NFTs: Lack of value around digital assets prompts question to its tangibility, usage
SHAH ALAM - Non-fungible tokens (NFTs) are currently being dropped due to the lack of value around holding a digital asset prompting more to question its tangibility or usage, expert says.
An NFT adopter who was also leading several NFT projects Muhd Farhan Rahmat said that there was a lack of digitalisation supporting NFTs, as the market itself was declining due to the lack of inclusion to push projects into the space.
“There is a crash happening in the market as the market is declining with reductions in the PlayToEarn platforms in the space.
“There’s always a possibility for the market to return, but there’s no clear indication of when that would happen,” he said.
Farhan stated the market for NFTs was currently filled with those holding their assets in hopes that it would increase, while many saw the space as a means for financial gain causing less flow in the market.
“Currently, it’s a game for crypto whales (large spenders) to purchase NFTs at a lower price in hopes of holding it for a higher price.
“Many are setting their sights on financial gain towards NFTs especially with the boom in recent years, but it has slowed down.
“NFTs were primarily dropped due to the lack of infrastructure around it as it featured worthless virtual assets as there were no virtual platforms to utilise it,” he said.
Meanwhile, Putra Business School (PBS) MBA Programme Director Professor Dr Ahmed Razman Abdul Latiff said NFTs could decline and fall lower as it lacked the ways of unleashing its true potential.
“NFTs have a practical applicability that could unleash its true potential and create value for investors and users through virtual spaces.
“However, it is mostly on hype and the value of NFTs may hover near zero eventually,” he said.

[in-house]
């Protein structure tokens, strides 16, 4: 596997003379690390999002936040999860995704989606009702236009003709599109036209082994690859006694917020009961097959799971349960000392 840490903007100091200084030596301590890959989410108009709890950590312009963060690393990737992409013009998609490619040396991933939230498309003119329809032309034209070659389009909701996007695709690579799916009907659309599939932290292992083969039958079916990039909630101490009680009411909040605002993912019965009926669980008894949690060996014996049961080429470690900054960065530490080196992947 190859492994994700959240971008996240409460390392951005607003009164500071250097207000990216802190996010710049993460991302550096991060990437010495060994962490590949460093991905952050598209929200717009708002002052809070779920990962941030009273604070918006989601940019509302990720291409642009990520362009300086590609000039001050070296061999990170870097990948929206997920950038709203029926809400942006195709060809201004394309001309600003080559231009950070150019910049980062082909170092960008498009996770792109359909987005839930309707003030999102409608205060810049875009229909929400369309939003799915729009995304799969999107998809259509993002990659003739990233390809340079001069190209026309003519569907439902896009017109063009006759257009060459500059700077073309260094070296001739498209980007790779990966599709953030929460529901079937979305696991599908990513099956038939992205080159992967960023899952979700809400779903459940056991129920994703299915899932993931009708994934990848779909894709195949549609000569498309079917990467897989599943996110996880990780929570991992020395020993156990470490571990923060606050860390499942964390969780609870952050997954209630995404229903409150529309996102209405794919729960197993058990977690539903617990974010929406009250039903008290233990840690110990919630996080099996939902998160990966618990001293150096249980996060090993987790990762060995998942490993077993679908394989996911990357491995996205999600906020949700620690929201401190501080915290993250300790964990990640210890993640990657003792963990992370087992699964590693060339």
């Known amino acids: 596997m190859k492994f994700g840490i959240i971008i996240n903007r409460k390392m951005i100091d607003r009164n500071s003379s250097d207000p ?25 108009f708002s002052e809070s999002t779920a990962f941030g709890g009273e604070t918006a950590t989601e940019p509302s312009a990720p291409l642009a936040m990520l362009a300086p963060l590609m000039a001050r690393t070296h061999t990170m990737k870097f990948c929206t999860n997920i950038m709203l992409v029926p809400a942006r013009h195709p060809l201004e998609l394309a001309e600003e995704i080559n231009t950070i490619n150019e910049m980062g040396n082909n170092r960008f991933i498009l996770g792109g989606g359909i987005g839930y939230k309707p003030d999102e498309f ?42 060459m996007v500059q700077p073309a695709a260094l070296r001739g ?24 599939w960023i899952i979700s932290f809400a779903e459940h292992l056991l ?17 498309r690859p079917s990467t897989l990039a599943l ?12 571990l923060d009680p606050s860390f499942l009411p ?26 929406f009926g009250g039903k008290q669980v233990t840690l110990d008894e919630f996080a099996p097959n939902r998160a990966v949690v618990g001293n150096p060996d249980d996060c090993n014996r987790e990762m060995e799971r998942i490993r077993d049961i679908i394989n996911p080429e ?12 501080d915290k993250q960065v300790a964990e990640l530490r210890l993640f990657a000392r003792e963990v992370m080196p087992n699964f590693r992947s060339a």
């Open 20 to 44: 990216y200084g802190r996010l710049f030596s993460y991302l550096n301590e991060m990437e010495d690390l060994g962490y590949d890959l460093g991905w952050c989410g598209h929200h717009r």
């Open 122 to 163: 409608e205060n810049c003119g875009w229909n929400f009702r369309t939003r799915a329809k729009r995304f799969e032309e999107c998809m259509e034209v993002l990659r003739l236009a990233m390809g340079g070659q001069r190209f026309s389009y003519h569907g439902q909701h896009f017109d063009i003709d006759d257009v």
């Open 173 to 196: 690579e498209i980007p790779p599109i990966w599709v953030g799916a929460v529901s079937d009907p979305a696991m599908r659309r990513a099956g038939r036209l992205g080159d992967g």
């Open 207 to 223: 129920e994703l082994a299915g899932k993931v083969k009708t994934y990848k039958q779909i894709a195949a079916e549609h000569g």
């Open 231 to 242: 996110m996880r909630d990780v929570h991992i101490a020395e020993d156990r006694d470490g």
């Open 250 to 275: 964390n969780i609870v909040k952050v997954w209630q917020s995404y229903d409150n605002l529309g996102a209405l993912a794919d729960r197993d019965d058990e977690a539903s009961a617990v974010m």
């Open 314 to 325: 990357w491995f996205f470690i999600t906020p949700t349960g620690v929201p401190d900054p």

Razman also said that the value of digital assets might drop in value as more individuals continue to hold themselves to the assets but supports the idea of a possible future with regulated cryptocurrency or other assets involved in the blockchain space.
“Cryptocurrency is one form of investment, mostly on digital assets. Naturally, holding on to assets rather than spending them will not be good for the economy because it will reduce the liquidity pool.
“I support the use of blockchain technology especially with regards to its ability to enhance, secure and make transparent any economic transactions, and cryptocurrency is one of its applications.
“The form of cryptocurrency that I support and endorse is the one issued by a sovereign body and backed by a commodity, as any form of digital assets which has the characteristics of fiat money will not be sustainable,” he said.
Despite NFTs being a possible step forward into the digital era, it required a watchful eye, as it was a market based on speculation, arts in the field could lead to scams and potential Ponzi schemes.
Certain artists when contacted said they viewed NFTs negatively as it was filled with potential scams or projects that became rug pulls – which meant that art would be sold at a high amount while those who purchased them would suffer losses – eventually caused many to steer clear away from NFTs.
NFTs are part of the blockchain technology after the introduction of cryptocurrency.
Projects on NFTs were currently still being minted or created on the blockchain with data from The Block showing Ethereum mints at around 5,000 daily compared to its peak of over 140,000 last year in September.
The current data of NFTs shared on Sept 27, showed a steady decline in NFTs sold since its peak in February with one-week gaining sales of $358.28 million declining to $62.62 million.
On Sept 24, a study revealed 95 per cent of NFT collections were worthless as there was not enough demand for NFTs to keep up with supply.
NFTs with their lack of applicable platforms still served as a placeholder for a system that did not have much major support and would only see certain use, case in point being the introduction of ‘augmented reality’ projects like the Metaverse.